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February 14, 2011

More farmers turn to cultivation of moringa in Benin

by Toni Bacala

In the fields of Benin, a green revolution has placed local farmers at the forefront of the battle against malnutrition. With the establishment of Association Béninoise du Moringa (ABM), Beninese farmers have expanded the production and promotion of moringa to nourish the ailing West African nation.

Widely acclaimed as a "miracle tree," moringa is fast-growing and possesses multiple benefits, from nutritional leaves, flowers, and seeds, to drought-resistant roots and bark. Moringa leaves are usually consumed fresh in green salads, or sautéd. In health programs, leaves are dried and ground into powder, then sprinkled on any dish for instant nutritional boost.

It has been traditionally used in South and Central Asia, India, and the Middle East as livestock feed, biofuel, medicine, water purifying agent, and soil fertilizer, among many other uses.

In the mid-1990s, the US Peace Corps initiated moringa promotion in the country in keeping with nutritional campaigns all over West Africa.

Despite such assistance, however, Benin has long lagged behind in the region, as compared to Niger, which has been producing moringa as a cash crop, and Senegal, which integrated moringa into HIV/AIDS treatment in the late 1990s.

"The value of this plant cannot be downplayed as regards its possibility to address some of the Millennium Development Goals as well as to influence the ongoing debates on climate change," said Muriel Glasgow, founder of Moringa Partners, an interactive outfit of moringa growers, scientists, non-government organizations and other enthusiasts from all over the world.

Benin has had its hands full battling against malnutrition. According to UNICEF, one out of every three Beninese children below the age of five has experienced malnutrition. The country's health crisis is aggravated by recent floods that have displaced thousands of residents, devastated farms, and destroyed access to clean, potable water. Foreign agencies have stepped in with food assistance and nutrition programs, but for the people of Benin, a longer-term solution is needed.

In 2008, a pilot project in the town of Goumori drew closer attention to moringa. The first batch of moringa powder produced was sold out in one week, encouraging farmers to share their knowledge so others could grow the plant.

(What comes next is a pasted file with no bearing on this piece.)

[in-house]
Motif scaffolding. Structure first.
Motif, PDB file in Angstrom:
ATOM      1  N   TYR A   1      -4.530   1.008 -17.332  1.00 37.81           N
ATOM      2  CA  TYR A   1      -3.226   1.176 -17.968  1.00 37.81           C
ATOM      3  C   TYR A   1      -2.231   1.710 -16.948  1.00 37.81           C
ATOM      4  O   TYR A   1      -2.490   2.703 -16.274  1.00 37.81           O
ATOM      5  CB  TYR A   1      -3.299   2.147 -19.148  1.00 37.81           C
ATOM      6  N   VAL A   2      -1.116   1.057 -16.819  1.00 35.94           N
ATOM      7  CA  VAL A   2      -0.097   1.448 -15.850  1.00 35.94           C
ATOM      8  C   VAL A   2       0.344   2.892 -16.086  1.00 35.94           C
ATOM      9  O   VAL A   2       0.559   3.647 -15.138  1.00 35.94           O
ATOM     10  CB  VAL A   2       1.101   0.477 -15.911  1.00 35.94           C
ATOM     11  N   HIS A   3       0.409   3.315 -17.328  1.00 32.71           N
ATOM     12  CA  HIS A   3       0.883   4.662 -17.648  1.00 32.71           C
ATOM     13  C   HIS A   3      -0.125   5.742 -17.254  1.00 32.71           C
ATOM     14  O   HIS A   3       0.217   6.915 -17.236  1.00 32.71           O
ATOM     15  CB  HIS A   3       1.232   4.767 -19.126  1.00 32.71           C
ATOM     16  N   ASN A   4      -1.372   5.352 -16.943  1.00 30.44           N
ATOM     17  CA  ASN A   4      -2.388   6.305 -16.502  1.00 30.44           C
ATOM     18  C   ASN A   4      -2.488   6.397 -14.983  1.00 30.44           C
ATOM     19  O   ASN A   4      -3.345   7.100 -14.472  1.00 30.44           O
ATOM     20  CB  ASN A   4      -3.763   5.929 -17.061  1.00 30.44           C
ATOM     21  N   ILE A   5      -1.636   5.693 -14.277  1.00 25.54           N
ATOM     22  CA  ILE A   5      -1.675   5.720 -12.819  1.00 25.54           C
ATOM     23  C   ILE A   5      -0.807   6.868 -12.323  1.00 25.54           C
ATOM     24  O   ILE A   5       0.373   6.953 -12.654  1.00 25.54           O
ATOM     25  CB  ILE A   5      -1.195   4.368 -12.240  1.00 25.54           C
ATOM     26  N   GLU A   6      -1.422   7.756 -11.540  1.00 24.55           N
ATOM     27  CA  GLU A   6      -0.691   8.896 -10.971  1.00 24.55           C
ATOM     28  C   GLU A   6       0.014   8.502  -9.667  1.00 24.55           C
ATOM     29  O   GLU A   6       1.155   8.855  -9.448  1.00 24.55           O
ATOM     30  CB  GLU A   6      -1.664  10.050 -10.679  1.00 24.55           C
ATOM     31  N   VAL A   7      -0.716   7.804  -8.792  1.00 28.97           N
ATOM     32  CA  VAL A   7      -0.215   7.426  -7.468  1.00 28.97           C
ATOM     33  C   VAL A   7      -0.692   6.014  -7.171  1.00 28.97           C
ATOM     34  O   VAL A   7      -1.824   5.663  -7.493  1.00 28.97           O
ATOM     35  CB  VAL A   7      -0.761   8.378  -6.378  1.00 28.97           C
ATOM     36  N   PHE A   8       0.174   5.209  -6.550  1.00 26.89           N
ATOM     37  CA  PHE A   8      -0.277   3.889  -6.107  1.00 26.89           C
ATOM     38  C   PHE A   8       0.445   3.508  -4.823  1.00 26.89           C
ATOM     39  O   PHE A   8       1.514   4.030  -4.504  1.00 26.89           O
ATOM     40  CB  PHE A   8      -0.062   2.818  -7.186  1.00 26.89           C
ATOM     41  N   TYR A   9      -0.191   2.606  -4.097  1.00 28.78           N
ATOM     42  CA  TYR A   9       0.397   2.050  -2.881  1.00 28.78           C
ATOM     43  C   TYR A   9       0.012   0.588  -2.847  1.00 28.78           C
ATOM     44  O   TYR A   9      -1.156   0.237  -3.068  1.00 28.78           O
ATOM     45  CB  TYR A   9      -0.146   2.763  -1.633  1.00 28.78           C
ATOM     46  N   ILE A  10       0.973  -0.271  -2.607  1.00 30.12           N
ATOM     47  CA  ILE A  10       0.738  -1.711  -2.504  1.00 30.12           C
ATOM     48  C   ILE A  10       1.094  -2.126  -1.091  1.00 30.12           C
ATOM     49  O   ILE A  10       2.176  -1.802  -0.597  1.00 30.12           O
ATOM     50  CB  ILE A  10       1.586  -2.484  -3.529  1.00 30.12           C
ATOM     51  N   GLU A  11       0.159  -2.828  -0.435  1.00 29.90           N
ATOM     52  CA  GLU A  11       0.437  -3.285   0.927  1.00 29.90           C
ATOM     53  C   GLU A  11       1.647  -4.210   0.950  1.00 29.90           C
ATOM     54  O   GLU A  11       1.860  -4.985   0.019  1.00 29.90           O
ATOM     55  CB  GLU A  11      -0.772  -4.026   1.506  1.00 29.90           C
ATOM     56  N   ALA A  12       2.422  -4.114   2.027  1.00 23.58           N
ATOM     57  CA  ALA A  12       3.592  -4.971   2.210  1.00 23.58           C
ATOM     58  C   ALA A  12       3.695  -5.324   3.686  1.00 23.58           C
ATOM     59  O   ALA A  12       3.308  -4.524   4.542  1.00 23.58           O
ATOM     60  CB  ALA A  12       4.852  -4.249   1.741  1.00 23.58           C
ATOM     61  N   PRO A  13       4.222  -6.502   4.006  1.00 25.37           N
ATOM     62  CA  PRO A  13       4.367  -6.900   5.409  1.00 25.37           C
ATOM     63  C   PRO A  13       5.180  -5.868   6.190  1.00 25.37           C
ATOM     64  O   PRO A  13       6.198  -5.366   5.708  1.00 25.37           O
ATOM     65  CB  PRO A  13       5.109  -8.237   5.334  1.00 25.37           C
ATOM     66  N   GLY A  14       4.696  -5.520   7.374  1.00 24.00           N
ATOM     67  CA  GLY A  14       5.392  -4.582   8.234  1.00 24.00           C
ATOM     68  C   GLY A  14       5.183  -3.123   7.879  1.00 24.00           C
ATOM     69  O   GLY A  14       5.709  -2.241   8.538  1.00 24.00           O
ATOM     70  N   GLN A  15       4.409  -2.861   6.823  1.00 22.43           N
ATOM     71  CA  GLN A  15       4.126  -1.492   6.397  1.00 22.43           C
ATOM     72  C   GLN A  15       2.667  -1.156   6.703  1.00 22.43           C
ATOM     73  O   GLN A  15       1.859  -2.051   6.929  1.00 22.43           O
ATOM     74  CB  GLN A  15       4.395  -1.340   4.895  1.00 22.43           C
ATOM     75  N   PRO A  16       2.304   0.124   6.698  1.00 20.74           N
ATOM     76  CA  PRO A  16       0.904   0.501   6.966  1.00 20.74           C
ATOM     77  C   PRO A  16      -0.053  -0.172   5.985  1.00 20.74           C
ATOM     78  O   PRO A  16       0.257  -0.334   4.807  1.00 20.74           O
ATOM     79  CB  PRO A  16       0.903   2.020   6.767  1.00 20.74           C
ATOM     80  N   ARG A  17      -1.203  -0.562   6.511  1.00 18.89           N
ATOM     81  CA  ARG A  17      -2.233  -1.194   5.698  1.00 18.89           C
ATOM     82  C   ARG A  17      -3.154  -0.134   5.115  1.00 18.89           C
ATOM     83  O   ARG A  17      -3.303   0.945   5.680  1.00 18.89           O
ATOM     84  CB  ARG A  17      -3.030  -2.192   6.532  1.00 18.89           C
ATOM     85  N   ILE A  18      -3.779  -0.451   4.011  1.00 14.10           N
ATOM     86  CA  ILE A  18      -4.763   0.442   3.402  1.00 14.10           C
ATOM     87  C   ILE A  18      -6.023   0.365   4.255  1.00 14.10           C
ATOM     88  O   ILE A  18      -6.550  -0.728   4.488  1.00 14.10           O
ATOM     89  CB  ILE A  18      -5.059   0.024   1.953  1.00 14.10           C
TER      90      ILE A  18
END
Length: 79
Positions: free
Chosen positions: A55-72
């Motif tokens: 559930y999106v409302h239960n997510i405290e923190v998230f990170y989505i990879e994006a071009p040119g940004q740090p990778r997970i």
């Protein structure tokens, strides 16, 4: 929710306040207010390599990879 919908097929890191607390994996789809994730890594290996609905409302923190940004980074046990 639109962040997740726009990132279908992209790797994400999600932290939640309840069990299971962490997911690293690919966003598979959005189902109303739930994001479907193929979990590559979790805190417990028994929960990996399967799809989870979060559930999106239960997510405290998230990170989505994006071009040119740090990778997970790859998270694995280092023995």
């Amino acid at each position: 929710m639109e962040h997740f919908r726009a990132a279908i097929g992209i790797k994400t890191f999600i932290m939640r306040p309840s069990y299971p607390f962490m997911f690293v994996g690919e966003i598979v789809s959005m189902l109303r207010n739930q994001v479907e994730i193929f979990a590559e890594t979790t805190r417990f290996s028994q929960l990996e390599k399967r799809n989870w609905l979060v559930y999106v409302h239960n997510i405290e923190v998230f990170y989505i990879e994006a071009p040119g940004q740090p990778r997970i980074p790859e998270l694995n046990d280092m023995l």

As communities increasingly grasped the nutritional and economic benefits of moringa, volunteers and farmers saw the need for a mechanism to manage the future of moringa in Benin. Thus, ABM was born.

"We envisioned an organization that would promote moringa on a national scale and facilitate a market for moringa thereby taking the responsibility of promoting moringa and creating a market off the farmers themselves," former US Peace Corps volunteer Christoph Herby told MediaGlobal.

Last August, the vision came to fruition at the widely participated launch of ABM.

Moringa industry in Benin has flourished notably as ABM facilitates more farmers growing moringa alongside other crops as an additional source of income, and as an affordable supplement for malnutrition.

Through ABM, efforts of farmers, which were usually confined in their own fields and villages, are stretched out to markets and other moringa producers across the country. "Ultimately the goal is to create nationwide demand for moringa powder, satisfied by a network of well-supervised moringa plantations," said Herby.

ABM sets the production standard to strategically incorporate moringa into nutrition programs. One of its key activities is conducting workshops with farmers, health workers, and students. Since its launch, there has been a spirited demand for orientation on moringa cultivation and processing, informed ABM technical assistant Patrick Starr.

Benin's health agenda has inspired the expansion of moringa networks such as Moringa Partners, which reaches out to growers from Cameroon, Ethiopia, India, Costa Rica, and the Philippines.

"On a larger scale, [the] Peace Corps is increasing its focus on food security," said Herby. "And moringa is being considered a primary component in Peace Corps' food security planning for the West Africa sub-region."

"The world is still learning about moringa," said Glasgow, optimistic that more moringa benefits will be developed as a worldwide demand is set in motion.

While ABM acknowledges that it will take years to see tangible effects of the program, the empowerment of Beninese farmers has resulted in the cultivation of hope, health, and abundance beyond quantifiable terms.

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